PASADENA, Calif. – NASA’s Mars Curiosity rover has used its full array of instruments to analyze Martian soil for the first time, and found a complex chemistry within the Martian soil. Water and sulfur and chlorine-containing substances, among other ingredients, showed up in samples Curiosity’s arm delivered to an analytical laboratory inside the rover.

Detection of the substances during this early phase of the mission demonstrates the laboratory’s capability to analyze diverse soil and rock samples over the next two years. Scientists also have been verifying the capabilities of the rover’s instruments.

Curiosity is the first Mars rover able to scoop soil into analytical instruments. The specific soil sample came from a drift of windblown dust and sand called “Rocknest.” The site lies in a relatively flat part of Gale Crater still miles away from the rover’s main destination on the slope of a mountain called Mount Sharp. The rover’s laboratory includes the Sample Analysis at Mars (SAM) suite and the Chemistry and Mineralogy (CheMin) instrument. SAM used three methods to analyze gases given off from the dusty sand when it was heated in a tiny oven. One class of substances SAM checks for is organic compounds — carbon-containing chemicals that can be ingredients for life.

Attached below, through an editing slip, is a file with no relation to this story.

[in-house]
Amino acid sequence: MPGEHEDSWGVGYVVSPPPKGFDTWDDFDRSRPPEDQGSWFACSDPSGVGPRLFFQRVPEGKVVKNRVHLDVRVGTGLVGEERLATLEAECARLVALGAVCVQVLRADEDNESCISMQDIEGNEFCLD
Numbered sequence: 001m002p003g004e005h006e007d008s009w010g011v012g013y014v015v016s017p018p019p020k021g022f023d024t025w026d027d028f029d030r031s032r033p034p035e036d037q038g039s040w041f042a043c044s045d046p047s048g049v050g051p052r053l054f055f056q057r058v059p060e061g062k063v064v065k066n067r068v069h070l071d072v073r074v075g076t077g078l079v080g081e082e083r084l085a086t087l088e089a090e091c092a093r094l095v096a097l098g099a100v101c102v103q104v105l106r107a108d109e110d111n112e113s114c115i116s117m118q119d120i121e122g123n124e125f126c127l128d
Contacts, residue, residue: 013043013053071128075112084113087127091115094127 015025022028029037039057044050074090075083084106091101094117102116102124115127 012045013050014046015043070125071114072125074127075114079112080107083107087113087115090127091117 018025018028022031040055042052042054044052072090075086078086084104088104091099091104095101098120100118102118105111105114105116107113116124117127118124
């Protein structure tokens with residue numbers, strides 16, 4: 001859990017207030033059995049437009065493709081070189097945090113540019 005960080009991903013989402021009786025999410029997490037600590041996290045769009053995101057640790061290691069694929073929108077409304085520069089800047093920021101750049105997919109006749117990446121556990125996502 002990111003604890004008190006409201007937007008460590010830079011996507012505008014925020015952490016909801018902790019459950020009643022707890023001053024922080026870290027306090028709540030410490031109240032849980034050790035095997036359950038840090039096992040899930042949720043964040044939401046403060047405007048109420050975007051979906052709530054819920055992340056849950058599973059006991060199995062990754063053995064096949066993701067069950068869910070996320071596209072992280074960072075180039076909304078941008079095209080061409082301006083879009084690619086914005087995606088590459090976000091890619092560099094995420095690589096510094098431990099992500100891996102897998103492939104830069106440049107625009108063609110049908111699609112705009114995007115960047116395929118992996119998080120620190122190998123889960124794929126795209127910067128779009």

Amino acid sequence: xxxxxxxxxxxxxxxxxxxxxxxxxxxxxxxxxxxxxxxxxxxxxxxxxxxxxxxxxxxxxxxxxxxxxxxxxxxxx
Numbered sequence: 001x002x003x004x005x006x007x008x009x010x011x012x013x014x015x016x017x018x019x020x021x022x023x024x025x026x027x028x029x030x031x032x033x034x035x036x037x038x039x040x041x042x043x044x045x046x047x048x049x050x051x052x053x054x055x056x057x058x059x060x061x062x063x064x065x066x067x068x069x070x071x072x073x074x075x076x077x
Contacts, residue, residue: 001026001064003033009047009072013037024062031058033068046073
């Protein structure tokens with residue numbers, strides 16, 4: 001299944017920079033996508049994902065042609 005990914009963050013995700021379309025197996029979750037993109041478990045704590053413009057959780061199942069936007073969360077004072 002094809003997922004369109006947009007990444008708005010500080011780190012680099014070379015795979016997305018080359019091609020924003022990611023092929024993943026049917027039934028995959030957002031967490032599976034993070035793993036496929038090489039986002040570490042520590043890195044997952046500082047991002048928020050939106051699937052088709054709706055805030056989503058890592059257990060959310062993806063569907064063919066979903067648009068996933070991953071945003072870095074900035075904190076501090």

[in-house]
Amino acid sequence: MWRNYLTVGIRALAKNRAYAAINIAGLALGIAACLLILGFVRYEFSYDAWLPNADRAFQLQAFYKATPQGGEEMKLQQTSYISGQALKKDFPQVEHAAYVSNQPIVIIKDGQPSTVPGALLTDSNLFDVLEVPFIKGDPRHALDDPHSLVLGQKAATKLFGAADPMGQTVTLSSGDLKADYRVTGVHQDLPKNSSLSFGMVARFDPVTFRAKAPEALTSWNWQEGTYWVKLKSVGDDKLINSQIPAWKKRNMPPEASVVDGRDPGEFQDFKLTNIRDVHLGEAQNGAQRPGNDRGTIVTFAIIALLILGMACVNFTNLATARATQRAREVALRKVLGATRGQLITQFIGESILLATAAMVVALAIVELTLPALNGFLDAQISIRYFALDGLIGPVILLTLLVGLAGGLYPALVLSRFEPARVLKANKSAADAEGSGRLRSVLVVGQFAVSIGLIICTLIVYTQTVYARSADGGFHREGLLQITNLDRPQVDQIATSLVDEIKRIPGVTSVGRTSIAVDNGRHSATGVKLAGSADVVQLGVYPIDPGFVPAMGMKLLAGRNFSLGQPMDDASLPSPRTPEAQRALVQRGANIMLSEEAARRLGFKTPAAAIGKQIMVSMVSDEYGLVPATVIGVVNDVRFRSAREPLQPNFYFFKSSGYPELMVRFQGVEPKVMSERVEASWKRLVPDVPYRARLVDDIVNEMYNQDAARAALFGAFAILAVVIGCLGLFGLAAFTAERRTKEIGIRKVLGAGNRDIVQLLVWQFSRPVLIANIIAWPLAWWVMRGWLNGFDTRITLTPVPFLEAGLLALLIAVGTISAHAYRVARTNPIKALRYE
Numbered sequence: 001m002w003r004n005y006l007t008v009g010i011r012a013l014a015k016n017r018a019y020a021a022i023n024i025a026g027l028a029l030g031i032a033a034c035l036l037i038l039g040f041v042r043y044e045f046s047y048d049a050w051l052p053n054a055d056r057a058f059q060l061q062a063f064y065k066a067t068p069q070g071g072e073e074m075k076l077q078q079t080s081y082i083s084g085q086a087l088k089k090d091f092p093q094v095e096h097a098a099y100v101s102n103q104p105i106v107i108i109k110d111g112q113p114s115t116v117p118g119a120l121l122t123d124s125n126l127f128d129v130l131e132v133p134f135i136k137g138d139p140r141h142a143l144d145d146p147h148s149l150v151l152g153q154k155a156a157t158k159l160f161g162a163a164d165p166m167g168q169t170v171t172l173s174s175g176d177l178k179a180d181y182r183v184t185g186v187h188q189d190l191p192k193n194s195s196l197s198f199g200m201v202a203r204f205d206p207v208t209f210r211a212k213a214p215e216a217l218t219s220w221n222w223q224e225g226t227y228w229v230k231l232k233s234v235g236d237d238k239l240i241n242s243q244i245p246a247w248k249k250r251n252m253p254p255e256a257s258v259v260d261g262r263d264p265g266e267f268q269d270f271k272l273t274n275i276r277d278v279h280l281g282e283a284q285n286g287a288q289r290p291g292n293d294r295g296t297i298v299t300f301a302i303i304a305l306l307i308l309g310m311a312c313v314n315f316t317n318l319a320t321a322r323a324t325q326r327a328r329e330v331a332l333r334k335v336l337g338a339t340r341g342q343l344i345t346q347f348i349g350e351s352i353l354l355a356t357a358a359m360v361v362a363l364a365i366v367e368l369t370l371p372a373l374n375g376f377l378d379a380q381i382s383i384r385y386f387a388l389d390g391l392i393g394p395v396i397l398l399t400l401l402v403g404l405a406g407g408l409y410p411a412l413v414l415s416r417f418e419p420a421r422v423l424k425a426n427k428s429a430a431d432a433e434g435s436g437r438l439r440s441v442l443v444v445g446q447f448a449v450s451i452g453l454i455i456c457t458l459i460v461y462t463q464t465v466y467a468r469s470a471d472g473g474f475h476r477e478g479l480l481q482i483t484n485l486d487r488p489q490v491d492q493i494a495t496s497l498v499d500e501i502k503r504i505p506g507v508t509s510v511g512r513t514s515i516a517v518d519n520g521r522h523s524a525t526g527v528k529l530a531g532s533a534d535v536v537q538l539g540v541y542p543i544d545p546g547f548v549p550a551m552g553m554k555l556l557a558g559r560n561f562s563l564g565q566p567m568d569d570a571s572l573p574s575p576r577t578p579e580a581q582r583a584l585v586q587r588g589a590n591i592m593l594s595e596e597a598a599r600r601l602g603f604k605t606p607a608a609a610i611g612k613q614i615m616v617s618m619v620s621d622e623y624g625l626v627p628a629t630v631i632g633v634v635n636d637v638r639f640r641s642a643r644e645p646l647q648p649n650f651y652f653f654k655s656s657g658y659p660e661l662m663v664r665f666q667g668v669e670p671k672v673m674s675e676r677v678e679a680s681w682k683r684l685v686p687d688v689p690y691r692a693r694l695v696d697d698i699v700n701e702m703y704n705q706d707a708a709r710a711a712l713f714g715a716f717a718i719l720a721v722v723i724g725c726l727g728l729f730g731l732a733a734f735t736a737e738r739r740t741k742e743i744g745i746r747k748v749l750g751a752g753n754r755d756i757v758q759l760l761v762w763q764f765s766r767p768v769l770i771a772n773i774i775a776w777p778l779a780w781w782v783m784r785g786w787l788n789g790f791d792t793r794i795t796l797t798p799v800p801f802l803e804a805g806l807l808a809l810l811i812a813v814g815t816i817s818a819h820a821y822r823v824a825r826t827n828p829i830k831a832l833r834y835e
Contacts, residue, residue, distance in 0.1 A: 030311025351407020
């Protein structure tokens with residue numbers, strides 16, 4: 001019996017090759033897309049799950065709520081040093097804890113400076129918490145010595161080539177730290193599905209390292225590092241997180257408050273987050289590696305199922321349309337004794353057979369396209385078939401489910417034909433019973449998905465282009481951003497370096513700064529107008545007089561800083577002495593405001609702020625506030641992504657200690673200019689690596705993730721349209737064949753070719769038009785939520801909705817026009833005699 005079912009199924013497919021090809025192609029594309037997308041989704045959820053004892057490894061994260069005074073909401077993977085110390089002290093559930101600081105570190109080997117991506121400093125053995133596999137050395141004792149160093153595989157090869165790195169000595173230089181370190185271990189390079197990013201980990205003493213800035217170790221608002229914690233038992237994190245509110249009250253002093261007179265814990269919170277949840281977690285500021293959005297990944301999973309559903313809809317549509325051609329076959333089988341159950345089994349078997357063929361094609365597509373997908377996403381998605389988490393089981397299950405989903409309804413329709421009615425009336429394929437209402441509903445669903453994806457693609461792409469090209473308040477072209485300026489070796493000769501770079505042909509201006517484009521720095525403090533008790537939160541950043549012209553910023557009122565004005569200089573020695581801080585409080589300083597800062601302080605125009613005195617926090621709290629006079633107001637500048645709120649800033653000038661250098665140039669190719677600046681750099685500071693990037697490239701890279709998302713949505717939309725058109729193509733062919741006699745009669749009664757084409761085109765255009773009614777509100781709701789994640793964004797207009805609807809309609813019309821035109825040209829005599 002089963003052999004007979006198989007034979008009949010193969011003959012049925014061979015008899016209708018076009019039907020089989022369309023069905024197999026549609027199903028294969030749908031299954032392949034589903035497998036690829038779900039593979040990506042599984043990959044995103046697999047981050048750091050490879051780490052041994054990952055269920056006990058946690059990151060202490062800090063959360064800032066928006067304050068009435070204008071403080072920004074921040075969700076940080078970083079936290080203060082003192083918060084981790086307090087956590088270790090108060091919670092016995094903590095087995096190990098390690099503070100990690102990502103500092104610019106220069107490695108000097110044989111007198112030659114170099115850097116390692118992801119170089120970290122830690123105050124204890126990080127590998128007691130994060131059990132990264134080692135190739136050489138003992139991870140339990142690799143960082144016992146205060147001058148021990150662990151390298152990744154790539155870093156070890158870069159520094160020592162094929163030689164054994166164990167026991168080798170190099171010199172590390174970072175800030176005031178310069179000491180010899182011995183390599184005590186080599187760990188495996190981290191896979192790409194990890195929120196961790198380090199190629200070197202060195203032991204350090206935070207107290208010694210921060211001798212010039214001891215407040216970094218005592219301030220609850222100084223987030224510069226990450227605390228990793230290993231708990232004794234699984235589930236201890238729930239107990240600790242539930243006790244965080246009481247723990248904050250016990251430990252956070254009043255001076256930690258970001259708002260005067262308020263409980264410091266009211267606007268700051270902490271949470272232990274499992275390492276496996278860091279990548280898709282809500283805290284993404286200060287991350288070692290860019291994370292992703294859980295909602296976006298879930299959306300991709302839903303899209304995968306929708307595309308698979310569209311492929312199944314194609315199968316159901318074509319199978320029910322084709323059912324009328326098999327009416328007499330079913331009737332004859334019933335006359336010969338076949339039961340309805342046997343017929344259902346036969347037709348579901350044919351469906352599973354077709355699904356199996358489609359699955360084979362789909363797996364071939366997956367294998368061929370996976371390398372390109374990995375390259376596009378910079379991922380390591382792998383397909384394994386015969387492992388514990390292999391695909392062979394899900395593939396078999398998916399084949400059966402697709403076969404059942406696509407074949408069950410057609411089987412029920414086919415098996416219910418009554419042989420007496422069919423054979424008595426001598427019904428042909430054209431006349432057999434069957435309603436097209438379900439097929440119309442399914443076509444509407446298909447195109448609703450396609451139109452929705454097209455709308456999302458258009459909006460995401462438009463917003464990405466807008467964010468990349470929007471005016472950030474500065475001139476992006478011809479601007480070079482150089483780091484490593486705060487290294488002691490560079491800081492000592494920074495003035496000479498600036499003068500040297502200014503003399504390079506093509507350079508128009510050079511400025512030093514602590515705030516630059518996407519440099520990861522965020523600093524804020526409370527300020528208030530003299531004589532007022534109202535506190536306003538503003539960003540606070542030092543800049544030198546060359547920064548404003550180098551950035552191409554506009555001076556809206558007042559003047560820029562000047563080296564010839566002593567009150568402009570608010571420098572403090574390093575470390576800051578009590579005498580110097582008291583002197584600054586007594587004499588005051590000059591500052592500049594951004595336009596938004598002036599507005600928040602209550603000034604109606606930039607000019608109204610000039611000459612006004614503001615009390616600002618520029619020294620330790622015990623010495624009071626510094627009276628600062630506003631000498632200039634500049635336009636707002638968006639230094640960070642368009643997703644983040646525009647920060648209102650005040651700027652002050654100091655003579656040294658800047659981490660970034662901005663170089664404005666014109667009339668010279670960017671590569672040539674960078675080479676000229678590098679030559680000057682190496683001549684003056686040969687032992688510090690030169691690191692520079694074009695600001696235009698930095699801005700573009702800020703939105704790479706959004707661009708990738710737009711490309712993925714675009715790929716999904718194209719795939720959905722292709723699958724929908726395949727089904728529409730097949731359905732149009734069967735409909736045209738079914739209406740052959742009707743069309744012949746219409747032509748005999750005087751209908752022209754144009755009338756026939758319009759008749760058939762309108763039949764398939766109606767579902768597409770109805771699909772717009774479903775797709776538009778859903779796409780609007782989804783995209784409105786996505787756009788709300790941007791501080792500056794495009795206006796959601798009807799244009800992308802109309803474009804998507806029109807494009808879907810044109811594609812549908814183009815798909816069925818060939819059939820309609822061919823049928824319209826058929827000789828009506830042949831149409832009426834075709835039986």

“We have no definitive detection of Martian organics at this point, but we will keep looking in the diverse environments of Gale Crater,” said SAM Principal Investigator Paul Mahaffy of NASA’s Goddard Space Flight Center in Greenbelt, Md.

Curiosity’s APXS instrument and the Mars Hand Lens Imager (MAHLI) camera on the rover’s arm confirmed Rocknest has chemical-element composition and textural appearance similar to sites visited by earlier NASA Mars rovers Pathfinder, Spirit and Opportunity.

Curiosity’s team selected Rocknest as the first scooping site because it has fine sand particles suited for scrubbing interior surfaces of the arm’s sample-handling chambers. Sand was vibrated inside the chambers to remove residue from Earth. MAHLI close-up images of Rocknest show a dust-coated crust one or two sand grains thick, covering dark, finer sand.

“Active drifts on Mars look darker on the surface,” said MAHLI Principal Investigator Ken Edgett, of Malin Space Science Systems in San Diego. “This is an older drift that has had time to be inactive, letting the crust form and dust accumulate on it.”

CheMin’s examination of Rocknest samples found the composition is about half common volcanic minerals and half non-crystalline materials such as glass. SAM added information about ingredients present in much lower concentrations and about ratios of isotopes. Isotopes are different forms of the same element and can provide clues about environmental changes. The water seen by SAM does not mean the drift was wet. Water molecules bound to grains of sand or dust are not unusual, but the quantity seen was higher than anticipated.